Dogs, like their owners, can experience a variety of allergies. Allergens in their food or in their environment are responsible for more than 30 percent of the skin irritations that dogs experience. Allergy testing can be expensive and does require some dedication on the part of the dog’s owner. However, testing your dog for allergies can result in a significantly improved quality of life if an allergy is identified and treated.
Itching is the primary allergy symptom; it can be intense and prolonged. Dogs try to relieve their itching in a number of ways. Not only do they scratch, but they may also experience rashes, hair loss, eye redness and irritation, sneezing, diarrhea and discharge from the nose and eyes. In extreme cases, dogs can have serious skin issues, such as exposed skin that is moist and/or scabby, open sores or bacterial infections. Certain kinds of allergies may cause specific behavioral symptoms. For example, flea allergies are often characterized by hair loss at the base of the tail due to chewing or due to rubbing against various items to relieve itching.
Types of Allergy Testing
Several kinds of allergy testing are available for use in dogs. Dogs with food allergies are often put on elimination diets to determine what ingredient is causing their symptoms. If commercial hypoallergenic foods are used, this kind of diet can become very expensive very quickly. You can, however, use a homemade elimination diet for your dog, given the ability to restrict the ingredients at will. In either case, the dog must be on this strict diet, with no additional treats or foods, for 12 weeks. If food allergies aren't present in the dog, the allergy symptoms are likely to be caused by atopy (inhalant dermatitis) or by contact dermatitis. In such cases, either blood testing or intradermal skin testing may be used for further testing. Blood testing is used to determine if any antigen-related antibodies are present and circulating in the dog’s bloodstream. However, blood testing has some limitations and may cause false positive results; that is, it may indicate that a dog is allergic to something even when an allergy is not present. For this reason, many veterinarians prefer intradermal skin testing over blood testing. Intradermal skin testing consists of injecting a small amount of a particular kind of antigen into a dog’s skin and observing the area for a response to the injection.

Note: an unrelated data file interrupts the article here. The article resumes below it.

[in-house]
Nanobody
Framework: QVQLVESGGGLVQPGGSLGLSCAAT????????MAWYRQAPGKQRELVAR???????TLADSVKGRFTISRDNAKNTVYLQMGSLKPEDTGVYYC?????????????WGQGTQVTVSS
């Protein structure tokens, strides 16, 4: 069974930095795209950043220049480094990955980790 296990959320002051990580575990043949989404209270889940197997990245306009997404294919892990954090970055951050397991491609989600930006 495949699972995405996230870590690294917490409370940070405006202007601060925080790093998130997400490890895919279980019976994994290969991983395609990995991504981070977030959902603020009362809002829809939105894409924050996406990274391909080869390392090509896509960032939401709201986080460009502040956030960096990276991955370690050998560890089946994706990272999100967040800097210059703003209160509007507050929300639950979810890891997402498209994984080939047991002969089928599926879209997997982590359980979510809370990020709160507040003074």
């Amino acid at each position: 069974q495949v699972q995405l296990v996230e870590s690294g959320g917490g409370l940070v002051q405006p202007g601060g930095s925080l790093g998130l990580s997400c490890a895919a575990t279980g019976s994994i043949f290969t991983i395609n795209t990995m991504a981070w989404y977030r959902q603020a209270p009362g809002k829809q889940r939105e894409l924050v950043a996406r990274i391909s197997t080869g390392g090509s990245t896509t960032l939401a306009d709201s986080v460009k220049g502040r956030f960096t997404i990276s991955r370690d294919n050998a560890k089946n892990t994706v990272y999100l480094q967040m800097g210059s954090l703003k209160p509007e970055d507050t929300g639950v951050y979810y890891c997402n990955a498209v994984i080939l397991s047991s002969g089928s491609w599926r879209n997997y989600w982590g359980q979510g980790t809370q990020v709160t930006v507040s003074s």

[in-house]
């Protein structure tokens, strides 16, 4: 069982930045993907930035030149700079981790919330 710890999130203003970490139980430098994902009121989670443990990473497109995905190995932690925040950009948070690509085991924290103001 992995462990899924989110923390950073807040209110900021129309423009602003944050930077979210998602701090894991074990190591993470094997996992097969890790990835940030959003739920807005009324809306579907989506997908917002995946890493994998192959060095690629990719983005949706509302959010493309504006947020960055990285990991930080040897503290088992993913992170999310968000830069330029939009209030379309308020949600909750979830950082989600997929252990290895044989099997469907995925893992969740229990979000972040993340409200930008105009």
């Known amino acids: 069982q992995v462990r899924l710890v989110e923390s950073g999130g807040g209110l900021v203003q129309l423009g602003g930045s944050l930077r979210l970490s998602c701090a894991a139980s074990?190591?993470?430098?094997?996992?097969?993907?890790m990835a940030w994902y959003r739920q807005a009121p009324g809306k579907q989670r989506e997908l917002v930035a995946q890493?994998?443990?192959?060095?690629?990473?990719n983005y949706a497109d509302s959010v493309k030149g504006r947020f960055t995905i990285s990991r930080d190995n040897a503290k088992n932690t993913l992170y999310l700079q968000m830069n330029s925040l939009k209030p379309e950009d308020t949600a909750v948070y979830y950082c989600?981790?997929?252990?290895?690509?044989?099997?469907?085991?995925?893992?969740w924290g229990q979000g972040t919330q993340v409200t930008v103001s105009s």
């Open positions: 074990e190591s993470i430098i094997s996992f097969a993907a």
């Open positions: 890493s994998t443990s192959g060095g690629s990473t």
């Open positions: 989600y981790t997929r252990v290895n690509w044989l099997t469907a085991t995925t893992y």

Tips for Improving Allergy Testing Results
Provide your dog’s veterinarian with the most accurate health history possible. The veterinarian may want to do some preliminary blood work or a skin scratch test as part of this early information-gathering process. Have your dog thoroughly examined by a veterinarian prior to doing allergy testing. Your dog should be tested for parasites, sarcoptic mange and bacterial, yeast, or fungal infections. Minimize the presence of allergens in your dog’s environments before doing allergy testing. If possible, board your dog at a kennel or with a friend and give your house a deep cleaning, including any carpeting, upholstery and curtains. Add a HEPA filter to the environment to reduce the presence of allergens in the air. Removing allergens from the environment may also remove the need for allergy testing. If your dog experiences persistent allergy symptoms, you may need to start him on a hypoallergenic diet. Finally, if the suspected allergy is a response to seasonal triggers, such as particular grasses or pollen, have your dog tested during the time of year when those triggers are most prevalent in the environment.
Costs of Allergy Testing
Dog owners must be prepared to follow the allergy testing process through from the beginning to the end, once it has begun. As of the date of publication, an elimination diet alone can be quite costly, given that dry dog food can cost between $28 and $70 per bag. The amount of time each bag lasts is dependent on the size and the activity level of your dog; however, you should expect to buy enough food to last approximately three months to ensure that allergens are removed from your dog’s system. Depending on where you live, expect to pay between $200 and $300 for blood testing and up to $200 for skin testing. Allergy treatments vary in cost, but may also be expensive depending on the nature of the treatment required.
- veterinarian with dog image by Jaimie Duplass from Fotolia.com